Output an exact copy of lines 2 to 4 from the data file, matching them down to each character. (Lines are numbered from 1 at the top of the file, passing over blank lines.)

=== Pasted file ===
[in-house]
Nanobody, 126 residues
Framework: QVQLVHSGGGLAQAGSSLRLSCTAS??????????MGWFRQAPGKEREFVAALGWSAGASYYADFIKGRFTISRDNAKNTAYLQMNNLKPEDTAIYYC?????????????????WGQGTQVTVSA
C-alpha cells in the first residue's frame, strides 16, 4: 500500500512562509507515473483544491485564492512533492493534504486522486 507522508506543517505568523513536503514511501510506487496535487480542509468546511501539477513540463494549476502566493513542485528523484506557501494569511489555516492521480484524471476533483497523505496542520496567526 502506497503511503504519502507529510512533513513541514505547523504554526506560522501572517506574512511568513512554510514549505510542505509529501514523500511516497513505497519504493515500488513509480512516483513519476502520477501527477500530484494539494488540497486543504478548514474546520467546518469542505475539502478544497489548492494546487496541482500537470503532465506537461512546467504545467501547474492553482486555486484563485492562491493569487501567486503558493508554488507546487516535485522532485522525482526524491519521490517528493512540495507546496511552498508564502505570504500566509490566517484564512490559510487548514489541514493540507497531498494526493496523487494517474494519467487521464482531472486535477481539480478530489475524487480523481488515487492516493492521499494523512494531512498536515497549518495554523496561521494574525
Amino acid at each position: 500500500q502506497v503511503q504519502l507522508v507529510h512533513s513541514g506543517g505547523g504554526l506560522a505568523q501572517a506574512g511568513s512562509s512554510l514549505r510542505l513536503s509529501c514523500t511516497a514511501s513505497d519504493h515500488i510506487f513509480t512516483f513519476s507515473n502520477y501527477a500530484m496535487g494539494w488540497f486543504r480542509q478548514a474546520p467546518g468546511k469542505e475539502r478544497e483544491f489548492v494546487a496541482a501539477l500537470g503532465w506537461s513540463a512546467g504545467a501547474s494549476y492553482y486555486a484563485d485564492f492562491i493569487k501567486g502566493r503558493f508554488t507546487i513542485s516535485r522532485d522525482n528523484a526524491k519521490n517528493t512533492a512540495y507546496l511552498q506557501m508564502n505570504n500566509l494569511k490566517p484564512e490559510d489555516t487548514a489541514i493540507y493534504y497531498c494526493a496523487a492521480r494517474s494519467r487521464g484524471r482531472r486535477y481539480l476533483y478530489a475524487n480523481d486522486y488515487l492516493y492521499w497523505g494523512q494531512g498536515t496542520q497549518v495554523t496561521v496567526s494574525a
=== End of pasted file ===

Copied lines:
Nanobody, 126 residues
Framework: QVQLVHSGGGLAQAGSSLRLSCTAS??????????MGWFRQAPGKEREFVAALGWSAGASYYADFIKGRFTISRDNAKNTAYLQMNNLKPEDTAIYYC?????????????????WGQGTQVTVSA
C-alpha cells in the first residue's frame, strides 16, 4: 500500500512562509507515473483544491485564492512533492493534504486522486 507522508506543517505568523513536503514511501510506487496535487480542509468546511501539477513540463494549476502566493513542485528523484506557501494569511489555516492521480484524471476533483497523505496542520496567526 502506497503511503504519502507529510512533513513541514505547523504554526506560522501572517506574512511568513512554510514549505510542505509529501514523500511516497513505497519504493515500488513509480512516483513519476502520477501527477500530484494539494488540497486543504478548514474546520467546518469542505475539502478544497489548492494546487496541482500537470503532465506537461512546467504545467501547474492553482486555486484563485492562491493569487501567486503558493508554488507546487516535485522532485522525482526524491519521490517528493512540495507546496511552498508564502505570504500566509490566517484564512490559510487548514489541514493540507497531498494526493496523487494517474494519467487521464482531472486535477481539480478530489475524487480523481488515487492516493492521499494523512494531512498536515497549518495554523496561521494574525